Youth invisible in Rio+20 vision

By Stephen Leahy, IPScross-posted from TerraViva

RIO DE JANEIRO, Jun 17 Youth and future generations do not deserve a voice in their own future, the Brazilian government appears to have arbitrarily decided here at the Rio+20 Conference on Sustainable Development, where the theme is “The Future We Want”.

Intense lobbying is underway, including impromptu protests by youth in the hallways of the official RioCentro conference site. Photo: Stephen Leahy/IPS

Representatives of children and youth, as well as the European Union and other countries, want to see the summit conclude with an agreement to create a High-Level Representative for Sustainable Development and Future Generations.

However, Brazil, under its formal leadership of the summit, has deleted all references to this from the “outcome document” currently under negotiation.

It is a bit surprising considering 62 percent of Brazil’s 185 million people are under 29 years of age.

The proposed representative for future generations would act to balance the short-term nature of government electoral cycles by advocating for the interests and needs of future generations, says youth representative Alice Vincent of the World Future Council Foundation in London, UK.

“I strongly believe that a Rio+20 outcome that does not include the creation of such an advocate for the needs of future generations wouldn’t be worthy of the title The Future We Want,” Vincent told TerraViva.

Over the past weeks there has been little progress on agreement of the content for the final 20-page “outcome document” intended to serve as the world’s roadmap to sustainable development. It will include details for greening of the global economy and possibly include sustainable development goals and a timetable for reaching them.

Countries were essentially deadlocked over the contents, so the Brazilian government revised the document and presented it to countries this morning saying it is an attempt to “make all delegates a bit happy, and a bit unhappy”.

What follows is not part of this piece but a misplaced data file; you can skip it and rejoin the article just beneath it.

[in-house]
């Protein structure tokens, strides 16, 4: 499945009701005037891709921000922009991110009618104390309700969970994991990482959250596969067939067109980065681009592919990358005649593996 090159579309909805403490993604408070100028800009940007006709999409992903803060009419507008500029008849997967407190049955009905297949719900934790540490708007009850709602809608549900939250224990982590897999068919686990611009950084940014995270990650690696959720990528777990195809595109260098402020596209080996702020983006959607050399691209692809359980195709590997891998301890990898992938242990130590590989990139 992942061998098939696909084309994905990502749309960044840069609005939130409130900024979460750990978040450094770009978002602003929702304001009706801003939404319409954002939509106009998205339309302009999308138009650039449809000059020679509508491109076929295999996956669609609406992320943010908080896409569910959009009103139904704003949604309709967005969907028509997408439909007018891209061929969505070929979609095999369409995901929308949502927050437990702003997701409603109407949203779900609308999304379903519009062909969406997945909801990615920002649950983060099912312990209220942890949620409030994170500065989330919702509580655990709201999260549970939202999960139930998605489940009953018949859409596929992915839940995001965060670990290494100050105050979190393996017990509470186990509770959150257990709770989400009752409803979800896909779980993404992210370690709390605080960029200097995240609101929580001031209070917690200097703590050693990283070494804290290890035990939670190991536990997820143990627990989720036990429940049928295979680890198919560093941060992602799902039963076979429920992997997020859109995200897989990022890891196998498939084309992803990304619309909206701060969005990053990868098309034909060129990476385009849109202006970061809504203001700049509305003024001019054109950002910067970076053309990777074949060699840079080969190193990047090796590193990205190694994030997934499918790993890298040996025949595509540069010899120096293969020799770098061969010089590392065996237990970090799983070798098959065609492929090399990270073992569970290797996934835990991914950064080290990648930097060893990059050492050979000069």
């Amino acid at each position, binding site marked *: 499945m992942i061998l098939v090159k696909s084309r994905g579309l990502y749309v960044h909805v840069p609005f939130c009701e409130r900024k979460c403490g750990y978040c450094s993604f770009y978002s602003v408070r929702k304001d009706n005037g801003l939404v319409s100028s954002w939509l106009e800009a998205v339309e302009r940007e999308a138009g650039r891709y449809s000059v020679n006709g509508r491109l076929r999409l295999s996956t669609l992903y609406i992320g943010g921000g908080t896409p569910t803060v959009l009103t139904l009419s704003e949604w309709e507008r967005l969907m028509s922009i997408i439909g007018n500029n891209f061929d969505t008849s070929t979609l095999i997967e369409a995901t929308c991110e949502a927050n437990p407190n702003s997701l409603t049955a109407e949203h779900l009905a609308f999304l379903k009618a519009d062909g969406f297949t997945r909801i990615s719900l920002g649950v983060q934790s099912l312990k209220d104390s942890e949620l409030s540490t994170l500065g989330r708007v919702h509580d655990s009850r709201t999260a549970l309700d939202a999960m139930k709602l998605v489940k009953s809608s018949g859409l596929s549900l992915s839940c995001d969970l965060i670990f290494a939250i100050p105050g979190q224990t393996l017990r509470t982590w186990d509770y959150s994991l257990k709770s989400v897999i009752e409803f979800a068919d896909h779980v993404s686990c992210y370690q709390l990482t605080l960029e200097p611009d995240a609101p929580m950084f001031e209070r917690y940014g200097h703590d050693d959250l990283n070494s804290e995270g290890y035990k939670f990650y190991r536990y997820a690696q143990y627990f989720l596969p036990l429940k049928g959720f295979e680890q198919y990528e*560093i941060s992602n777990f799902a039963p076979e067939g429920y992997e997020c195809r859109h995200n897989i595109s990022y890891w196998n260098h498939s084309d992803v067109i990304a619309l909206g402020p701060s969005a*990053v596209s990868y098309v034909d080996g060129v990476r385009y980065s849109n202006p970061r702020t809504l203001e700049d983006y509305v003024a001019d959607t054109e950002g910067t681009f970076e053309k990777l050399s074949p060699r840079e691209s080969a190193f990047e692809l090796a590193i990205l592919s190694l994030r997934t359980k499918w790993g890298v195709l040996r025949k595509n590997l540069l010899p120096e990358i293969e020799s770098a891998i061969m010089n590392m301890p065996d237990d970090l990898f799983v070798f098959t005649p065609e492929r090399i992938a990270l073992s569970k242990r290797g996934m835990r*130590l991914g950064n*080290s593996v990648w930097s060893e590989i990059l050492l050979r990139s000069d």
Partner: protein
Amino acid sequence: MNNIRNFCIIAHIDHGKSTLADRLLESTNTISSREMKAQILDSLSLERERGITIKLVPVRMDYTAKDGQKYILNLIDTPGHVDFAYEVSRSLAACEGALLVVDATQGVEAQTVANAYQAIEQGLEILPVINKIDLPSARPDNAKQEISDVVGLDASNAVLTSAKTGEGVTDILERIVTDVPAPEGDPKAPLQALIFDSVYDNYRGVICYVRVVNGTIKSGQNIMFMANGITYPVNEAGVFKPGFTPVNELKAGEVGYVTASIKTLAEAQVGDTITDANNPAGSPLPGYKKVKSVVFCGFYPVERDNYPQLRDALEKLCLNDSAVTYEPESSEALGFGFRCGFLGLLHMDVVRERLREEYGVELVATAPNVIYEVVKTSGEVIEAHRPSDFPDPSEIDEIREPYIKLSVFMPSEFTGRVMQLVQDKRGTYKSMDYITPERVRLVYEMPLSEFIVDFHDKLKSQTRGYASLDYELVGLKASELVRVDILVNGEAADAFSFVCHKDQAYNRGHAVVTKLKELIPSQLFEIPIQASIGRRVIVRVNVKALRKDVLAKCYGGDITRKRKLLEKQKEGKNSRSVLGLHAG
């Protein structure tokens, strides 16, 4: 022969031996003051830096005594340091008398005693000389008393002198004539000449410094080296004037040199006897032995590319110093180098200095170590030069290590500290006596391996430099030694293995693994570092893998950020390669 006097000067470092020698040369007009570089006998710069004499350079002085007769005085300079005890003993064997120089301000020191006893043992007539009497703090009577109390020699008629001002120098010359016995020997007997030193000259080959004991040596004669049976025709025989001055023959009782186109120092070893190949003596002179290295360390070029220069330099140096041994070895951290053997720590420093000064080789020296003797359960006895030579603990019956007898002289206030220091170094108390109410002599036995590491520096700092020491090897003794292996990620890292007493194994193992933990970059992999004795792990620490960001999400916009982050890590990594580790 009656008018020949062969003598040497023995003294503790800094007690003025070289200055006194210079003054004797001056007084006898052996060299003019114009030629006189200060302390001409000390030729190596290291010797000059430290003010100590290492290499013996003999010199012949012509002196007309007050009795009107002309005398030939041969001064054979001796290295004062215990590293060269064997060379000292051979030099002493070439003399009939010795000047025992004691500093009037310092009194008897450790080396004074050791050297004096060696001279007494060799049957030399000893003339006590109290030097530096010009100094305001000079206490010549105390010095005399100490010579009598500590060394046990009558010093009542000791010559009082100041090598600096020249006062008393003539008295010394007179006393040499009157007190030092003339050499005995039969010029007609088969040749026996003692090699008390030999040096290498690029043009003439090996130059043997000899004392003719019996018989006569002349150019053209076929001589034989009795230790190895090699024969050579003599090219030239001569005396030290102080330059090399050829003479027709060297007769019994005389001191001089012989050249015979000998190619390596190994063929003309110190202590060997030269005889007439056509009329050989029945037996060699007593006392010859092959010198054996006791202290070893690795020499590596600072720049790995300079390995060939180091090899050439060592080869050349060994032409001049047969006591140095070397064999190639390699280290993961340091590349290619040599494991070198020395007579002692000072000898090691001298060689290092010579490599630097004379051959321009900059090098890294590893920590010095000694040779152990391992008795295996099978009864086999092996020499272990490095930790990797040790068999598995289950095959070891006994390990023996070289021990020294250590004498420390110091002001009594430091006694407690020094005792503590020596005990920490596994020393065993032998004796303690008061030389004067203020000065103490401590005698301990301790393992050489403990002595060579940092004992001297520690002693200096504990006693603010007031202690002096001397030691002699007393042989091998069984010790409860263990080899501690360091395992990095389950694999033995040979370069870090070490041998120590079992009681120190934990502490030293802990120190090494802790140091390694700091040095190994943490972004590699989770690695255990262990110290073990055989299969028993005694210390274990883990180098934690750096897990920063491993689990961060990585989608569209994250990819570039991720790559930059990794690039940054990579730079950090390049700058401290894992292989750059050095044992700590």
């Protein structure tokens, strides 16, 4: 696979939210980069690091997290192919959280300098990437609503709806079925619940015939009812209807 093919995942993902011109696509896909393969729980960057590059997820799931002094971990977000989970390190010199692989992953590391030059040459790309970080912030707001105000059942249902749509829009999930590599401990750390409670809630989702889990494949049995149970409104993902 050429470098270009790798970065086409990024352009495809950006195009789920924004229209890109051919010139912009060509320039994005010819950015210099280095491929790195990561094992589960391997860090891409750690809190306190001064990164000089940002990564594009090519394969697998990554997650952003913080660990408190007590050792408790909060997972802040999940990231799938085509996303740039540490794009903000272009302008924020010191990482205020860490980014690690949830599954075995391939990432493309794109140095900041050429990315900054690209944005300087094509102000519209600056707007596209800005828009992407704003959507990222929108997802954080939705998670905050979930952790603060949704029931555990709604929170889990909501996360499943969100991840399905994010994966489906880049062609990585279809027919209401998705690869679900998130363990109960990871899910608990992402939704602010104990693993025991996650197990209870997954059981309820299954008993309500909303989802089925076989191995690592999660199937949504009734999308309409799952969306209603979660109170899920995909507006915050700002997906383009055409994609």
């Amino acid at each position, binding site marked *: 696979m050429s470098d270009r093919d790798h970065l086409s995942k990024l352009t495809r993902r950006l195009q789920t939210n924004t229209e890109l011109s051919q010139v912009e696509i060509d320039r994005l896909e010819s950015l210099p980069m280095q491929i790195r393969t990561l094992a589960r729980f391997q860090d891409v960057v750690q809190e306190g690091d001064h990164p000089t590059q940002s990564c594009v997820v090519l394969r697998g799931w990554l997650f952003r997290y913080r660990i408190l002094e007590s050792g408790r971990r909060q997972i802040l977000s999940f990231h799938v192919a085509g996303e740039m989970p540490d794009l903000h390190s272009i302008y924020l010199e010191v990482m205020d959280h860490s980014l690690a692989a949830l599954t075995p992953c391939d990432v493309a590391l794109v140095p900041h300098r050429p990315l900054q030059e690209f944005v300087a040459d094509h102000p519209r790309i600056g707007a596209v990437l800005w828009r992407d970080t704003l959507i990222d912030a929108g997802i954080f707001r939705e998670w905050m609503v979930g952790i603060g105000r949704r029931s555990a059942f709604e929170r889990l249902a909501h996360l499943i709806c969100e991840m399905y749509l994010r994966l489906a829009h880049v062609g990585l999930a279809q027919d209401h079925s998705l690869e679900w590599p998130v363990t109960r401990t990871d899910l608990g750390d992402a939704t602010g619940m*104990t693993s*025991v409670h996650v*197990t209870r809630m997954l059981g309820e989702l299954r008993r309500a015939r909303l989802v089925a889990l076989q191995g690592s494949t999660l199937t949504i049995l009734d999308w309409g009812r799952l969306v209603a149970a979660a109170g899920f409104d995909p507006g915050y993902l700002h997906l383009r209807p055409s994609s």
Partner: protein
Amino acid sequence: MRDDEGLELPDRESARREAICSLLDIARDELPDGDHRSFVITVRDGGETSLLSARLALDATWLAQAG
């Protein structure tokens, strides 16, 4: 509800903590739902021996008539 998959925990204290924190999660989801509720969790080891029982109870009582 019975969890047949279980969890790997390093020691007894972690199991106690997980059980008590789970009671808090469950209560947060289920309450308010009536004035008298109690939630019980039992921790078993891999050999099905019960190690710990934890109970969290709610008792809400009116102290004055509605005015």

Leaders from over 100 countries arrive shortly to negotiate the final outcome document that will be released when the summit ends Jun. 22.

“The removal of this text effectively relegates youth and future generations to the sidelines to watch – not participate – in deciding on our future,” said Rhoda Robinson, a youth activist from Nigeria.

“This may not look like it is something of concern to a young person in Africa, but we cannot continue to have no representation, no say and no access to decisions that affect us,” Robinson said in statement.

The high-level representative would work in close cooperation with civil society to represent their concerns and to further their participation at the United Nations. This would ensure a more integrated approach to sustainable development – one of the key objectives of the Rio+20 Conference – and embed long-term thinking into our political processes.

The idea of a High-Level Representative for Future Generations has hardly been discussed at all in recent days, and now it has been removed from the draft text. The Brazilian government seems to be in a great hurry to get something everyone can easily agree on and they don’t really care what is in the final document, said Vincent.

“It is pretty hard to defend the removal,” he said. “It would have been a huge, positive outcome from Rio+20.”

Intense lobbying is underway, including impromptu protests by youth in the hallways of the official RioCentro conference site, with hope of getting support to push Brazil to reverse its decision.

“Young people are demanding that this language be reinserted into the negotiating text and that a High-Level Representative for Sustainable Development and Future Generations be an enduring accomplishment of the Rio+20 Conference,” said Kate Offerdahl, a student at Columbia University in New York.

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